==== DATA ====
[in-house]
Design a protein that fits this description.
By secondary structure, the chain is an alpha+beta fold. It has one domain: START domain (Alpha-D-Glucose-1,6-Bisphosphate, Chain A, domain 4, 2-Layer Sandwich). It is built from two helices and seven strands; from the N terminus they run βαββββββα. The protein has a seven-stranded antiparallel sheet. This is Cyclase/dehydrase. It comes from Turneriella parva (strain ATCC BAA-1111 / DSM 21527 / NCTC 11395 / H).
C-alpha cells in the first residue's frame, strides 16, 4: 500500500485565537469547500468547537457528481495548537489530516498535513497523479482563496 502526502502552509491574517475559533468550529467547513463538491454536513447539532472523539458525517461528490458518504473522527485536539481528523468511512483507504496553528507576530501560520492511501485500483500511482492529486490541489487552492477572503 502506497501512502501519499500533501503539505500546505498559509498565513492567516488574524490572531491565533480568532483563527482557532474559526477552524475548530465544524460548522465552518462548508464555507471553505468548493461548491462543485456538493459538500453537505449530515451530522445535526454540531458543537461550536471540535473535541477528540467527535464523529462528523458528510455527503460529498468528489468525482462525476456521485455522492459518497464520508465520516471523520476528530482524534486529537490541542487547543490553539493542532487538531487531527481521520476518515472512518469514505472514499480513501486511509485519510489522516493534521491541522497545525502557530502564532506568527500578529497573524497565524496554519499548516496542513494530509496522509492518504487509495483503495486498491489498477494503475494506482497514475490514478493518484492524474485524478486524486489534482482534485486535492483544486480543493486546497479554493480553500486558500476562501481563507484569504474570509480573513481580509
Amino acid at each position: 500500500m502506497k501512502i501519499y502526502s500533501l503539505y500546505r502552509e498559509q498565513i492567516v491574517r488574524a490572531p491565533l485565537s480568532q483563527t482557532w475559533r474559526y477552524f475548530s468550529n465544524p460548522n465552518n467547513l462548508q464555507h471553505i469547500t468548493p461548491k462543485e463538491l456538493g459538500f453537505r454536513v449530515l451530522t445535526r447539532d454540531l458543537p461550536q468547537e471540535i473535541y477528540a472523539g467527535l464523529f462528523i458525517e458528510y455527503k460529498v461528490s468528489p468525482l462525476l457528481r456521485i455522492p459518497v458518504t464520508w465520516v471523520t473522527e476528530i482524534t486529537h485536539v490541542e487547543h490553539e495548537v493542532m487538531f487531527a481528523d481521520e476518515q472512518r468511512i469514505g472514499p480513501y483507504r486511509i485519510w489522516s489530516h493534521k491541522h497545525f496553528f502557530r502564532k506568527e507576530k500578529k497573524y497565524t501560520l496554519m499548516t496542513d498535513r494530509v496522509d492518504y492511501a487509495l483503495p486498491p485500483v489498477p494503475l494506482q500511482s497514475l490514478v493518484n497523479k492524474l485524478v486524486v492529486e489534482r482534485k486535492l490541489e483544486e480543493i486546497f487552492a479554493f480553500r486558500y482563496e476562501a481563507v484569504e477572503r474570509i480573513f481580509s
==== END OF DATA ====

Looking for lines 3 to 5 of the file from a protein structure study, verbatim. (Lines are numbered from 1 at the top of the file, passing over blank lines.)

By secondary structure, the chain is an alpha+beta fold. It has one domain: START domain (Alpha-D-Glucose-1,6-Bisphosphate, Chain A, domain 4, 2-Layer Sandwich). It is built from two helices and seven strands; from the N terminus they run βαββββββα. The protein has a seven-stranded antiparallel sheet. This is Cyclase/dehydrase. It comes from Turneriella parva (strain ATCC BAA-1111 / DSM 21527 / NCTC 11395 / H).
C-alpha cells in the first residue's frame, strides 16, 4: 500500500485565537469547500468547537457528481495548537489530516498535513497523479482563496 502526502502552509491574517475559533468550529467547513463538491454536513447539532472523539458525517461528490458518504473522527485536539481528523468511512483507504496553528507576530501560520492511501485500483500511482492529486490541489487552492477572503 502506497501512502501519499500533501503539505500546505498559509498565513492567516488574524490572531491565533480568532483563527482557532474559526477552524475548530465544524460548522465552518462548508464555507471553505468548493461548491462543485456538493459538500453537505449530515451530522445535526454540531458543537461550536471540535473535541477528540467527535464523529462528523458528510455527503460529498468528489468525482462525476456521485455522492459518497464520508465520516471523520476528530482524534486529537490541542487547543490553539493542532487538531487531527481521520476518515472512518469514505472514499480513501486511509485519510489522516493534521491541522497545525502557530502564532506568527500578529497573524497565524496554519499548516496542513494530509496522509492518504487509495483503495486498491489498477494503475494506482497514475490514478493518484492524474485524478486524486489534482482534485486535492483544486480543493486546497479554493480553500486558500476562501481563507484569504474570509480573513481580509
Amino acid at each position: 500500500m502506497k501512502i501519499y502526502s500533501l503539505y500546505r502552509e498559509q498565513i492567516v491574517r488574524a490572531p491565533l485565537s480568532q483563527t482557532w475559533r474559526y477552524f475548530s468550529n465544524p460548522n465552518n467547513l462548508q464555507h471553505i469547500t468548493p461548491k462543485e463538491l456538493g459538500f453537505r454536513v449530515l451530522t445535526r447539532d454540531l458543537p461550536q468547537e471540535i473535541y477528540a472523539g467527535l464523529f462528523i458525517e458528510y455527503k460529498v461528490s468528489p468525482l462525476l457528481r456521485i455522492p459518497v458518504t464520508w465520516v471523520t473522527e476528530i482524534t486529537h485536539v490541542e487547543h490553539e495548537v493542532m487538531f487531527a481528523d481521520e476518515q472512518r468511512i469514505g472514499p480513501y483507504r486511509i485519510w489522516s489530516h493534521k491541522h497545525f496553528f502557530r502564532k506568527e507576530k500578529k497573524y497565524t501560520l496554519m499548516t496542513d498535513r494530509v496522509d492518504y492511501a487509495l483503495p486498491p485500483v489498477p494503475l494506482q500511482s497514475l490514478v493518484n497523479k492524474l485524478v486524486v492529486e489534482r482534485k486535492l490541489e483544486e480543493i486546497f487552492a479554493f480553500r486558500y482563496e476562501a481563507v484569504e477572503r474570509i480573513f481580509s